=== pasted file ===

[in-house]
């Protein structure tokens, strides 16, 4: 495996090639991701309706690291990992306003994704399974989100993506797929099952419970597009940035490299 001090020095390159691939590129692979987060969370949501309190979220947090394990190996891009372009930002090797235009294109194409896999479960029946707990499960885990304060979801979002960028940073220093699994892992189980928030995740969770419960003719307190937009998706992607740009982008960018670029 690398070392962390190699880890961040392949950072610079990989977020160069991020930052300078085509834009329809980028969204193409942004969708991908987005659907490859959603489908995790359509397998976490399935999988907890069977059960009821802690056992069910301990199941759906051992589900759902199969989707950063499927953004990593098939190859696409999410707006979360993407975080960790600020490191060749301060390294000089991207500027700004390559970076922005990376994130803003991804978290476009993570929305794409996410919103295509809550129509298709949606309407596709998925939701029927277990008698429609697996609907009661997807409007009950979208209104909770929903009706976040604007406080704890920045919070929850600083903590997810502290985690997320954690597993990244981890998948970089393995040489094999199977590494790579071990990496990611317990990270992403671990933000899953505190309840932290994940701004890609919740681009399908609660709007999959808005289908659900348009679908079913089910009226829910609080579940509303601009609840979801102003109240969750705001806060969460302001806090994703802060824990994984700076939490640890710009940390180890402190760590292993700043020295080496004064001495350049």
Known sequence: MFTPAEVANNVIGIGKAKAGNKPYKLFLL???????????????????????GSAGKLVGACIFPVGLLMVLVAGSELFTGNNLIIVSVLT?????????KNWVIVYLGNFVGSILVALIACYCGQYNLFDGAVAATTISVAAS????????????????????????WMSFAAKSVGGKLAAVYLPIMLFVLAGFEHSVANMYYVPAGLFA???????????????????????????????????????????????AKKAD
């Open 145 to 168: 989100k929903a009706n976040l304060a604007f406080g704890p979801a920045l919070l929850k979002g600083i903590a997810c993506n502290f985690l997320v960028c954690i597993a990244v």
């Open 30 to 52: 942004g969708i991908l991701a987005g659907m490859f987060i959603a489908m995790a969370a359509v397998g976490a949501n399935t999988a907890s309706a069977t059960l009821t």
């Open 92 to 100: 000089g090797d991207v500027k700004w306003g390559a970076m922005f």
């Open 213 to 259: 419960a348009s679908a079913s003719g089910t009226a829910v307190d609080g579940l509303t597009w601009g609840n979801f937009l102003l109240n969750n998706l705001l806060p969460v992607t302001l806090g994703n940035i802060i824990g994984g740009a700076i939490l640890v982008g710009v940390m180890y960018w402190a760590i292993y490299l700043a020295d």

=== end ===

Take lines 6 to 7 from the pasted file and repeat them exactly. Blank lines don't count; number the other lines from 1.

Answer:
């Open 92 to 100: 000089g090797d991207v500027k700004w306003g390559a970076m922005f």
């Open 213 to 259: 419960a348009s679908a079913s003719g089910t009226a829910v307190d609080g579940l509303t597009w601009g609840n979801f937009l102003l109240n969750n998706l705001l806060p969460v992607t302001l806090g994703n940035i802060i824990g994984g740009a700076i939490l640890v982008g710009v940390m180890y960018w402190a760590i292993y490299l700043a020295d």